CHICAGO — Michigan today will price $1.3 billion of fixed-rate notes as part of its annual borrowing to cover expenditures throughout the fiscal year as its awaits an influx of revenue.

Moody’s Investors Service and Standard & Poor’s assigned their top short-term marks to the notes: MIG-1 and SP-1-plus.

For the first time, the state did not ask Fitch Ratings to rate the deal.

The general obligation notes carry Michigan’s full faith and credit pledge. They mature on Sept. 30, 2010, the last day of the current fiscal year. Under state law, the treasurer is required to ensure that debt service on all GO debt is paid on time using any available revenue under the treasurer’s control.

Michigan’s constitution limits short-term borrowing to 15% of undedicated revenue received in the prior fiscal year.

The $1.3 billion borrowing represents nearly the full 15% cap — undedicated revenue for fiscal 2008 totaled $8.73 billion — and the state does not expect to borrow any more notes this year, officials said.

JPMorgan will lead the transaction. The firm was selected via Michigan’s request for proposals process, according to  state financial adviser Wayne Workman of R.W. Baird & Co. Dickinson Wright PLLC is bond counsel.

Unlike last year, when the state was forced to split its $1.4 billion GO deal into two sales to help navigate a market in turmoil, the finance team sees this year’s issue entering a much more stable market and capturing an interest rate below 1%.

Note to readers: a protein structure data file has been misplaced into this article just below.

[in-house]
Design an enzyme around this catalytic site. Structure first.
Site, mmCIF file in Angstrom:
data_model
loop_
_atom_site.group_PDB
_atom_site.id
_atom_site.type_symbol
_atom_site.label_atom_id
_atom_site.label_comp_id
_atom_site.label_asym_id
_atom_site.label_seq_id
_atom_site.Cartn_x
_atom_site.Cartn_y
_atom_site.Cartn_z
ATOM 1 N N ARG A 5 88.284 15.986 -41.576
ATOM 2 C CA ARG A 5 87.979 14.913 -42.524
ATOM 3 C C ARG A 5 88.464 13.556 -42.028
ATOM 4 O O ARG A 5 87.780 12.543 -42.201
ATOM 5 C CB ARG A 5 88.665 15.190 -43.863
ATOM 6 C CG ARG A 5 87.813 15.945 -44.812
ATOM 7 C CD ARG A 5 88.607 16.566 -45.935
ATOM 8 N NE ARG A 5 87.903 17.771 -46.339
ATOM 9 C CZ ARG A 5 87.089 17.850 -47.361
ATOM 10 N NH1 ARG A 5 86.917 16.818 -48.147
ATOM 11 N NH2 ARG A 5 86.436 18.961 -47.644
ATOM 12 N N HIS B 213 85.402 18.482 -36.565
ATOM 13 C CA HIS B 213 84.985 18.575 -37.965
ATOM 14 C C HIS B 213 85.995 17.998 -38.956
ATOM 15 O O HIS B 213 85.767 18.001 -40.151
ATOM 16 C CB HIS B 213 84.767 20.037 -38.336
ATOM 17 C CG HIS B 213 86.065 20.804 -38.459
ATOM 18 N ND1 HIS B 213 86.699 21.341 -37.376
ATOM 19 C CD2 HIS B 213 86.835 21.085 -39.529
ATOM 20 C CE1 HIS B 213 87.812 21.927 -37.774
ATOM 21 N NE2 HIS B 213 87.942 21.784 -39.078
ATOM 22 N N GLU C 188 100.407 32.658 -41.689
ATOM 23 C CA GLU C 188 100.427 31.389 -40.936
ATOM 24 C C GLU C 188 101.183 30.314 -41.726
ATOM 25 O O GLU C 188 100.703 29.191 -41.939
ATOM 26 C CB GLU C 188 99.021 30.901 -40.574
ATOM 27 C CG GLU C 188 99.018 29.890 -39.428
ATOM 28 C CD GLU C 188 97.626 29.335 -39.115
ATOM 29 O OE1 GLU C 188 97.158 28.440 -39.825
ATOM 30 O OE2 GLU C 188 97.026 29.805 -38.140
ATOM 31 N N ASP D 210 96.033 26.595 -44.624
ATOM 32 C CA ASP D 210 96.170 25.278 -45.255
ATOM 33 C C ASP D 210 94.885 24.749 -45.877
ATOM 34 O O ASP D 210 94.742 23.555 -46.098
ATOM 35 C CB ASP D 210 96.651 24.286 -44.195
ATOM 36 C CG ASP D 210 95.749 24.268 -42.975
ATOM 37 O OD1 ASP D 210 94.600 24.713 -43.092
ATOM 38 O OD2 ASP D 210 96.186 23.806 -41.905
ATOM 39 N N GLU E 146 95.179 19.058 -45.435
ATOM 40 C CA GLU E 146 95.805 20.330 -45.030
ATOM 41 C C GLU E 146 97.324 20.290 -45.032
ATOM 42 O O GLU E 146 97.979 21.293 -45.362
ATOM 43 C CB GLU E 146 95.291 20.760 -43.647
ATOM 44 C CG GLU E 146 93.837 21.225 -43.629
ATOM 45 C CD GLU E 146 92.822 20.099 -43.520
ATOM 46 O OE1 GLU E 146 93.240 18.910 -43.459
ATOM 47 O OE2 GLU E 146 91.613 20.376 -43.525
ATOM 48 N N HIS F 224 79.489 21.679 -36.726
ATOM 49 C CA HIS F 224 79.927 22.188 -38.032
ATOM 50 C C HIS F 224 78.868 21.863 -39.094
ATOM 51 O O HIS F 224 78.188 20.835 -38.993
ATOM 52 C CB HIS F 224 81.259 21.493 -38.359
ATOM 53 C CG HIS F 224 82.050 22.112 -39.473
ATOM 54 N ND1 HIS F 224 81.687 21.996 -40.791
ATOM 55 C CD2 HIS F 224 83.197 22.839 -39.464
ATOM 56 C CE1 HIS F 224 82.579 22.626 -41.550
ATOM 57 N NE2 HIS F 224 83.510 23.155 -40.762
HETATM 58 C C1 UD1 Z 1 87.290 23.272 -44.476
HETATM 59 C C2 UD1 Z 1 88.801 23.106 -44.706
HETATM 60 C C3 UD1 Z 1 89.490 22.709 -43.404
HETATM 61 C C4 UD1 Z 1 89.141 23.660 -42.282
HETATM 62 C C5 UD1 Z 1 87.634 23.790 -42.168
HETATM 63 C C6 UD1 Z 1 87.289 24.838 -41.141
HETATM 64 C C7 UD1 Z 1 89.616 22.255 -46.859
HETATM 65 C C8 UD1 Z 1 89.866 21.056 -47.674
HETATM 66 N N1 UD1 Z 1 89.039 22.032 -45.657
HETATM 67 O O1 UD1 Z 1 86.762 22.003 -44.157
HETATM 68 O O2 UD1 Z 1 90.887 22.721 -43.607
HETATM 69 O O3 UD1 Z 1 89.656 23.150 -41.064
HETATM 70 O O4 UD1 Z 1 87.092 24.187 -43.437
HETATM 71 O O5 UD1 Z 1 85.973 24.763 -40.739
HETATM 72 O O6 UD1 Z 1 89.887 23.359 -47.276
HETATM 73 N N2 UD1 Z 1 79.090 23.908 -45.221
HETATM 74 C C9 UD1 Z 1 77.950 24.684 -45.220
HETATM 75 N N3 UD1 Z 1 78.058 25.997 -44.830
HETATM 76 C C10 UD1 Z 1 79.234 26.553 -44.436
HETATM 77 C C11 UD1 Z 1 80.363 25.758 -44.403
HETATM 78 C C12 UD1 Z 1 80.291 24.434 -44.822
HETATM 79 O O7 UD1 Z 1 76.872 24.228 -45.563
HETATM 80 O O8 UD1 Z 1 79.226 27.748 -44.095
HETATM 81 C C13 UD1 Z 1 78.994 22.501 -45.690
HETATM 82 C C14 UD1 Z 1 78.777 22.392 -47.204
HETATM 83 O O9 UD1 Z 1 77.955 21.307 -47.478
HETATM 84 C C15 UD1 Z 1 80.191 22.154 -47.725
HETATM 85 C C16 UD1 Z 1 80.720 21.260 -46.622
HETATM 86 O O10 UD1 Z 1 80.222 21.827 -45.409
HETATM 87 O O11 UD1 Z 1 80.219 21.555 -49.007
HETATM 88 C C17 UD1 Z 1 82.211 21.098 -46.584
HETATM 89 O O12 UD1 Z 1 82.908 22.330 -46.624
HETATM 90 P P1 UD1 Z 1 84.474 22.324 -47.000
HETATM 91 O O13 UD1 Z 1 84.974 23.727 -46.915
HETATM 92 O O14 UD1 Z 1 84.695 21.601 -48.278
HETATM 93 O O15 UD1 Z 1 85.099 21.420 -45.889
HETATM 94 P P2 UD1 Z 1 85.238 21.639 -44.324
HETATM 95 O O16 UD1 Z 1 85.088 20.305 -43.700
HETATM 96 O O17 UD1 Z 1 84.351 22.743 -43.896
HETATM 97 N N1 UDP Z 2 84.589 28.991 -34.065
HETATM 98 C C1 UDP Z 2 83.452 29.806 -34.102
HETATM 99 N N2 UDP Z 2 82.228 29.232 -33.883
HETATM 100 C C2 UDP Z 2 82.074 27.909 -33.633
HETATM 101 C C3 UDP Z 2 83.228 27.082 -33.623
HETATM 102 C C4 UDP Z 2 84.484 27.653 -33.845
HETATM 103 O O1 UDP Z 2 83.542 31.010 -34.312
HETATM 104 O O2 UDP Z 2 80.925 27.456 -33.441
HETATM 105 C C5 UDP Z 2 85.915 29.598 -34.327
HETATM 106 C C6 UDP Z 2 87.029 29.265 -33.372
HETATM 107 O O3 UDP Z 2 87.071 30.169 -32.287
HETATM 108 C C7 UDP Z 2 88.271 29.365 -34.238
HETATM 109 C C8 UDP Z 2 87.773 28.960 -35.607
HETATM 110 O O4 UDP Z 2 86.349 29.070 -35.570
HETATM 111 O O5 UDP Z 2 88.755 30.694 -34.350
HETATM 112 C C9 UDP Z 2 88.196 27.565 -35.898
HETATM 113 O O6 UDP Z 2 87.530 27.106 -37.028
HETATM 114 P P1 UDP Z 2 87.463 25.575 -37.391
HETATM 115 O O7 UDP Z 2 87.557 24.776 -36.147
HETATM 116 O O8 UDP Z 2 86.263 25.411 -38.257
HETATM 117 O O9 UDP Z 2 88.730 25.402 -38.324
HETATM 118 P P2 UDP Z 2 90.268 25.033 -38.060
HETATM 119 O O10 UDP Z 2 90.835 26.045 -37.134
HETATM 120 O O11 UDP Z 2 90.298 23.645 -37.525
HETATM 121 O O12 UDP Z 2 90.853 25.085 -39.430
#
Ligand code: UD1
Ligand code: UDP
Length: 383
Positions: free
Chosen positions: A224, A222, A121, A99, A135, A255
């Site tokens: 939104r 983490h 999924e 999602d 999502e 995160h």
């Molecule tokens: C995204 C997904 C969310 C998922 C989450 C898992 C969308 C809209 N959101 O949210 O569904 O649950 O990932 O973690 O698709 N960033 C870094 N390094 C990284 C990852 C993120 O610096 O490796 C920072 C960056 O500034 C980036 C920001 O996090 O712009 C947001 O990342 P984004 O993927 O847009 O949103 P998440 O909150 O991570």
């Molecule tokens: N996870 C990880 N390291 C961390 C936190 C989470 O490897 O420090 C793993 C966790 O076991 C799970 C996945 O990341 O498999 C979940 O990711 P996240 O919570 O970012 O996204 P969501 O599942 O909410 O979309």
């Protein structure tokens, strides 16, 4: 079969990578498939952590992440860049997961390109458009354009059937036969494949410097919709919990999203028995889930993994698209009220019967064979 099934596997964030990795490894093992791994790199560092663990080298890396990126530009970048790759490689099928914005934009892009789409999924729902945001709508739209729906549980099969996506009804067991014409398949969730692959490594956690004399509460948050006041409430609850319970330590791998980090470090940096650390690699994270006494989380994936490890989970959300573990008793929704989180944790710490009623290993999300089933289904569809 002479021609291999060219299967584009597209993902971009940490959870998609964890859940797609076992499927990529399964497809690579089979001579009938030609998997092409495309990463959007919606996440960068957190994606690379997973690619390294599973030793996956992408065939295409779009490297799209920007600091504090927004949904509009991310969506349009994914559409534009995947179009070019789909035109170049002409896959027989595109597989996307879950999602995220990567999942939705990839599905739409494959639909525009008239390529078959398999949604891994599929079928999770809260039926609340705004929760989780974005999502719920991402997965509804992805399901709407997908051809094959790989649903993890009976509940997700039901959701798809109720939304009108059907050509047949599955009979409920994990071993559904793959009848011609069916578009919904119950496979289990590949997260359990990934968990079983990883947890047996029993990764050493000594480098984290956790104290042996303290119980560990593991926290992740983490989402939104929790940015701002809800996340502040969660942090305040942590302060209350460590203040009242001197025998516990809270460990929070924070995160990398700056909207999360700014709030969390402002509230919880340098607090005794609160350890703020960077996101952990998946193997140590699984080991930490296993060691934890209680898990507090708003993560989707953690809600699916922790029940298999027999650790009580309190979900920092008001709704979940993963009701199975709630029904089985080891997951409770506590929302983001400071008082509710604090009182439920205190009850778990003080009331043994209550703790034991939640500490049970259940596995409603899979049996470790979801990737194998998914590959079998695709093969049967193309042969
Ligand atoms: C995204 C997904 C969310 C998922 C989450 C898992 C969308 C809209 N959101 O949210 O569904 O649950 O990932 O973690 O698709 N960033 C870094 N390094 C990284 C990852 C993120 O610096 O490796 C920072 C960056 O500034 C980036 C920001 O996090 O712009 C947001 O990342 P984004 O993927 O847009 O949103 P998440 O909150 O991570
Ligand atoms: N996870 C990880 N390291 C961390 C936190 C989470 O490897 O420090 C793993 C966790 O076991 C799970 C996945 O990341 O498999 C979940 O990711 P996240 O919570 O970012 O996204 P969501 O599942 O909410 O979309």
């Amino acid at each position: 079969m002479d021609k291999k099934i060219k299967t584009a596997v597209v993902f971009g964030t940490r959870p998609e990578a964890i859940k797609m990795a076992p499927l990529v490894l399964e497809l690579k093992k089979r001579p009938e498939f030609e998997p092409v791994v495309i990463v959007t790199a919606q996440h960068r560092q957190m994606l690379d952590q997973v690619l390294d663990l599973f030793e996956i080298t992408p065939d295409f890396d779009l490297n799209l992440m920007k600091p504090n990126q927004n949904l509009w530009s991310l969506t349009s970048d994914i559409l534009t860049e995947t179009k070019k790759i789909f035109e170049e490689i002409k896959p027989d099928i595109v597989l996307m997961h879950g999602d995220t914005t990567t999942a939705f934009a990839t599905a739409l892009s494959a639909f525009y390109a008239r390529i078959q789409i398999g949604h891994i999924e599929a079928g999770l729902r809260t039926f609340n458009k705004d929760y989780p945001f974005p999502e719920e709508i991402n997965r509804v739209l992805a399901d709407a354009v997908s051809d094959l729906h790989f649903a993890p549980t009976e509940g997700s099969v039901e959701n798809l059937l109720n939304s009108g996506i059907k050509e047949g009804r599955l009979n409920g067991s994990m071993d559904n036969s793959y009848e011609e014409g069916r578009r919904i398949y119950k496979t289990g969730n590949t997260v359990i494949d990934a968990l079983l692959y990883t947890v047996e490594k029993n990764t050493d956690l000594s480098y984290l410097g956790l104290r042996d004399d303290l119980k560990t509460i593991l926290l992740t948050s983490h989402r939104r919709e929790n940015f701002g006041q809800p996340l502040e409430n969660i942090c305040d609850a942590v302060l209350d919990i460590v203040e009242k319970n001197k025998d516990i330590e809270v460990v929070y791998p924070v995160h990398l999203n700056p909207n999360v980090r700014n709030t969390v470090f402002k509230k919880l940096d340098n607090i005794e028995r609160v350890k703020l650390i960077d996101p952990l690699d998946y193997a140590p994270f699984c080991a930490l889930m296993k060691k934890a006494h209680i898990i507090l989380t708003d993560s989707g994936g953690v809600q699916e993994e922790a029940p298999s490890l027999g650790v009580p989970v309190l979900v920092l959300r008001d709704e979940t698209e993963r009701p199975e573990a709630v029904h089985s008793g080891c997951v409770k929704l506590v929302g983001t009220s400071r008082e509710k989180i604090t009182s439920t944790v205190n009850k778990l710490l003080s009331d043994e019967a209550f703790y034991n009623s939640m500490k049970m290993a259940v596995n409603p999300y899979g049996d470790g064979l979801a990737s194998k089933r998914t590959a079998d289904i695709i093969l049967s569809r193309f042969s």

“We feel much better in terms of certainty in this market,” said Tom Saxton, the state’s deputy treasurer for bond finance. “Last year was chaos.”

Michigan opted not to purchase a letter of credit to enhance the deal this year unlike the last two years.

“There aren’t good letters of credit available in terms of credit quality,” Workman said. “And the quality [LOCs are] very expensive. It would not be to the state’s economic advantage to buy one.”

It’s the seventh year in a row that Michigan has sold cash-flow notes. It will use proceeds from the short-term issue to make payments throughout the fiscal year as it waits for receipts from general fund revenues.

The general fund and the school aid fund — the state’s two largest funds — are expected to face deficits starting in March 2010 even with the borrowing, analysts said.

“Michigan’s repeated reliance on cash-flow notes underscores a financial position weakened by an arduous period of economic underperformance,” Moody’s analyst Edward Hampton wrote in a recent report on the borrowing.

Moody’s, which now rates the state’s GO debt Aa3, has downgraded the state several times from its former rating of Aaa in 2004. In March of this year the agency revised its outlook on Michigan to negative from stable.

Despite its problems, the state is able to support Moody’s top short-term rating due to the GO pledge, the liquidity outside the two main operating funds that will be used to pay the debt back, and a history of strong financial management, Hampton said.

Standard & Poor’s said its SP-1-plus rating reflects the strong coverage provided by the state’s funds and the GO pledge. The agency rates the state’s outstanding GO debt AA-minus.

Fitch downgraded the state to A-plus from AA-minus in July, citing “significant deterioration” of the economy triggered by the sharp decline of the automotive manufacturing sector.

The decision to drop Fitch fron the deal was an economic one, according

to Workman.

“We’re looking for every way we can to operate more efficiently,” he said. “The underwriters [on this deal] said we could go with two rather than with three.”

Michigan has not yet decided whether it will ask Fitch to rate future deals, Saxton said. “We’re going to talk to the underwriters each time, and decide on a deal-by-deal basis,” he said.

A Fitch spokesman was not available to comment by press time.

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